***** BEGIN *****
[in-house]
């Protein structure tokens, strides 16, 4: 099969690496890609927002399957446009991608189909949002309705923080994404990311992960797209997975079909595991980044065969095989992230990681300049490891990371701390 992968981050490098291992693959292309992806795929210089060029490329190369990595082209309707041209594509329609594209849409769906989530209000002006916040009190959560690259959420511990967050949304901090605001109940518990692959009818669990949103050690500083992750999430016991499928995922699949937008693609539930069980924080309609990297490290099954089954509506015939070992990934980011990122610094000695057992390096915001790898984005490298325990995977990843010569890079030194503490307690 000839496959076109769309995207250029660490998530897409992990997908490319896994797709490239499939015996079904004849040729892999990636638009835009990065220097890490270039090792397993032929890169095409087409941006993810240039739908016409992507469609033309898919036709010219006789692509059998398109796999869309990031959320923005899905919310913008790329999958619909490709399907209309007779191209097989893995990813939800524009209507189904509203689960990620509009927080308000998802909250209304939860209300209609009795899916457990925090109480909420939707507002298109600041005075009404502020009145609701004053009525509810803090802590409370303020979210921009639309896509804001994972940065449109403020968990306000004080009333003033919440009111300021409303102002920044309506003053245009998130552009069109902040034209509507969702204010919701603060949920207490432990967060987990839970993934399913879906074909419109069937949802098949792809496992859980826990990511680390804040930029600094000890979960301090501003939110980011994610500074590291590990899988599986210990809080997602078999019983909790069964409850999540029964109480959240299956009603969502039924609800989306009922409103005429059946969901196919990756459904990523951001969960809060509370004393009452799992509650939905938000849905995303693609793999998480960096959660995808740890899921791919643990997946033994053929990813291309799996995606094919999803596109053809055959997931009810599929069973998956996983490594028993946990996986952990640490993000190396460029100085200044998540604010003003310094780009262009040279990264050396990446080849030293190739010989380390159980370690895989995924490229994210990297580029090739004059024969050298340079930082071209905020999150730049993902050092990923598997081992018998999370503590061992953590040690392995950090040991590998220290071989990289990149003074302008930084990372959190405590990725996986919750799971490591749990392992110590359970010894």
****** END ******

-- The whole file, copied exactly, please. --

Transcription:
[in-house]
């Protein structure tokens, strides 16, 4: 099969690496890609927002399957446009991608189909949002309705923080994404990311992960797209997975079909595991980044065969095989992230990681300049490891990371701390 992968981050490098291992693959292309992806795929210089060029490329190369990595082209309707041209594509329609594209849409769906989530209000002006916040009190959560690259959420511990967050949304901090605001109940518990692959009818669990949103050690500083992750999430016991499928995922699949937008693609539930069980924080309609990297490290099954089954509506015939070992990934980011990122610094000695057992390096915001790898984005490298325990995977990843010569890079030194503490307690 000839496959076109769309995207250029660490998530897409992990997908490319896994797709490239499939015996079904004849040729892999990636638009835009990065220097890490270039090792397993032929890169095409087409941006993810240039739908016409992507469609033309898919036709010219006789692509059998398109796999869309990031959320923005899905919310913008790329999958619909490709399907209309007779191209097989893995990813939800524009209507189904509203689960990620509009927080308000998802909250209304939860209300209609009795899916457990925090109480909420939707507002298109600041005075009404502020009145609701004053009525509810803090802590409370303020979210921009639309896509804001994972940065449109403020968990306000004080009333003033919440009111300021409303102002920044309506003053245009998130552009069109902040034209509507969702204010919701603060949920207490432990967060987990839970993934399913879906074909419109069937949802098949792809496992859980826990990511680390804040930029600094000890979960301090501003939110980011994610500074590291590990899988599986210990809080997602078999019983909790069964409850999540029964109480959240299956009603969502039924609800989306009922409103005429059946969901196919990756459904990523951001969960809060509370004393009452799992509650939905938000849905995303693609793999998480960096959660995808740890899921791919643990997946033994053929990813291309799996995606094919999803596109053809055959997931009810599929069973998956996983490594028993946990996986952990640490993000190396460029100085200044998540604010003003310094780009262009040279990264050396990446080849030293190739010989380390159980370690895989995924490229994210990297580029090739004059024969050298340079930082071209905020999150730049993902050092990923598997081992018998999370503590061992953590040690392995950090040991590998220290071989990289990149003074302008930084990372959190405590990725996986919750799971490591749990392992110590359970010894």